One of the first changes that we come across in the play is when Rita realises herself is in Scene 5 where Rita says, “I’ve begun to find me-an’ it’s great y’ know, it is Frank.” Also further down the page when she says, “But she (the old Rita) can’t, because she’s gone, an’ I’ve taken her place.” This shows that Rita herself believes that she understands more about literature and she seems to understand that things have changed.
We also see a certain lack of confidence in Rita, which is displayed in Act One Scene Seven. In this Scene she doesn’t go to Franks dinner because she believes that she wouldn’t be able to fit in with the other guests, “An’ all the time I’m trying to think of things I can say, what I can talk about.” Later on in Act Two Scene One when Rita comes back from after summer she says that she was dead scared when she arrived a summer school. She didn’t know anyone and she was going to come home on the first day but she didn’t, she had acquired a confidence in herself. The old Rita would have left straight away. A few lines on she mentions that a tutor had approached her and asked her about Ferlinghetti, “…are you fond of Ferlinghetti?’ It was right on the tip of me tongue to say, ‘Only when it’s served with Parmesan cheese.’ But, Frank, I didn’t.” Rita is becoming more reformed, instead of making sarcastic remarks she has started to make interesting conversation when people talk to her but now we come across the fact that she is losing her innocent point of view. There is also a change in the way that she talks, ‘Oh, I dunno, I forget now, cos after that I was askin’ questions all week, y’ couldn’t keep me down.” Her language is not as bad; she doesn’t swear as much as before and is becoming to sound more educated. Also she has stopped smoking, a ritual commonly related to the working class society.
It is also visible that Rita is beginning to fit in with the other students because she stops on her way to the tutorial to talk to students on the lawn. “I started to talk to students on the lawn.” This then proves that she may have become over-confident because she said to the student that his opinion was wrong. “…I heard one of them saying that as a novel he preferred ‘Lady Chatterly’ to ‘Sons and Lovers.’ I thought, I can keep on walking an’ ignore it, or I can put him straight.” At the beginning Rita seemed to have assumed that there was a boundary between educated people and the working-class society. She used to be intimidated by them. “You used to be quite wary of them.”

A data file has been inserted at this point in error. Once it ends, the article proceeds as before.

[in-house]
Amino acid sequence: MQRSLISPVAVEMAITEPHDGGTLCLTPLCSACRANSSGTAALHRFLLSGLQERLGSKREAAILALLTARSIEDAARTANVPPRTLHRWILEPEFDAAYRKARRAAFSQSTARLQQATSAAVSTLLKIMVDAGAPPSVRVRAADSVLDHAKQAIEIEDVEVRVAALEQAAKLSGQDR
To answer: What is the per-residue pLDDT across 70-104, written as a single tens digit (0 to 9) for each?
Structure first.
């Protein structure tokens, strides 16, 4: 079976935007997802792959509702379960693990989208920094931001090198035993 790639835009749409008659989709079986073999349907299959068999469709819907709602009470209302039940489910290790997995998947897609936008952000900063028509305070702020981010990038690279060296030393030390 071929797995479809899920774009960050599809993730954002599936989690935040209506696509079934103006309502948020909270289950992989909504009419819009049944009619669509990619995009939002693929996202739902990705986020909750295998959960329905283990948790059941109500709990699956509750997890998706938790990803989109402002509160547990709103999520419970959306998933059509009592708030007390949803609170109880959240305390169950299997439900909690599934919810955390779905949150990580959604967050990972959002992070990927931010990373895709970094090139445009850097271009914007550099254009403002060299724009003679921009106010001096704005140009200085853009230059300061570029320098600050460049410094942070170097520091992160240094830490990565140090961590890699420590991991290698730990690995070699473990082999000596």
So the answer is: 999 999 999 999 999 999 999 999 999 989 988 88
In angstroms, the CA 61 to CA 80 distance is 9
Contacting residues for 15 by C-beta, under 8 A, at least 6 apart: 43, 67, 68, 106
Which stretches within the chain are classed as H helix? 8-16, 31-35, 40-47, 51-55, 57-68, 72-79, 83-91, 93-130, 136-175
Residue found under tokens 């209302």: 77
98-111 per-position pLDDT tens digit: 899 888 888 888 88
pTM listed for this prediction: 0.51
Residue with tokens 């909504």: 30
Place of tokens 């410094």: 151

By the end of the play Rita, having a mind trained to think although losing her originality, has acquired a confidence that allows her to make her own decisions and she has a wider choice of direction, “I dunno, I might go to France. I might go to me mothers. I might even go to France. I might even have a baby. I’ll make a decision. I’ll choose.” She is now presented with choice, which is what she wanted at the beginning.
It is also visible that not everything in Rita has changed because her decisions are still almost the same. “I know what clothes to wear, what wine to buy, what plays to see and what papers and books to read. I can do without you.” Before she didn’t know what to wear and wine to buy and so on.
The final change we can see is that Rita seems to prefer young classy people such as Tiger and Trish. “…I find a lot of people I mix with fascinating; they’re young, and they’re passionate about things that matter. They’re not trapped-they’re too young for that. And I like to be with them.” When she says ‘they’re too young for that’ the authorial intention could be that she is referring to Frank, and saying that he is too old and he is trapped which is why she doesn’t seem to spend much time with him anymore.
We also see how Rita moves from merely imitating Frank’s language to understanding and manipulating it. Moreover, she not only takes ownership of her own education, but she also teaches her professor a great deal in the process.
Although this play is mainly centralised around Rita and the ways she has changed in her attitudes to her class, other people, her choices, her priorities and culture, Frank has also learned from her presence.
One example is when Rita constantly questions Franks drinking and tells him its bad for him, this way it seems a subtle way of saying stop drinking although Frank is objectionable saying that Rita cannot reform him. “It’ll kill y’, Frank…just that I thought you’d started reforming yourself.” Frank replies, “Under your influence? Yes Rita-if I repent and reform, what do I do when your influence is no longer her?”
Another time is when she tells Frank to oil the door; she’s trying to change him without really realising it. “It’s that bleeding handle on the door. You wanna get it fixed!” Also there is a sense that Frank in a way used to control Rita at the beginning because she was inexperienced, but when she becomes educated she mentions that she doesn’t want to come running to him every five minutes.
In many ways there is a lot of change some for the better, such as Ritas gain in confidence and some for the worse, such as the loss of her individuality. As well as the few but significant changes in Frank as well as the other aspects of the play which explores cultures, choice, priorities, education and changes; but overall I would argue that, yes, this is a play about change.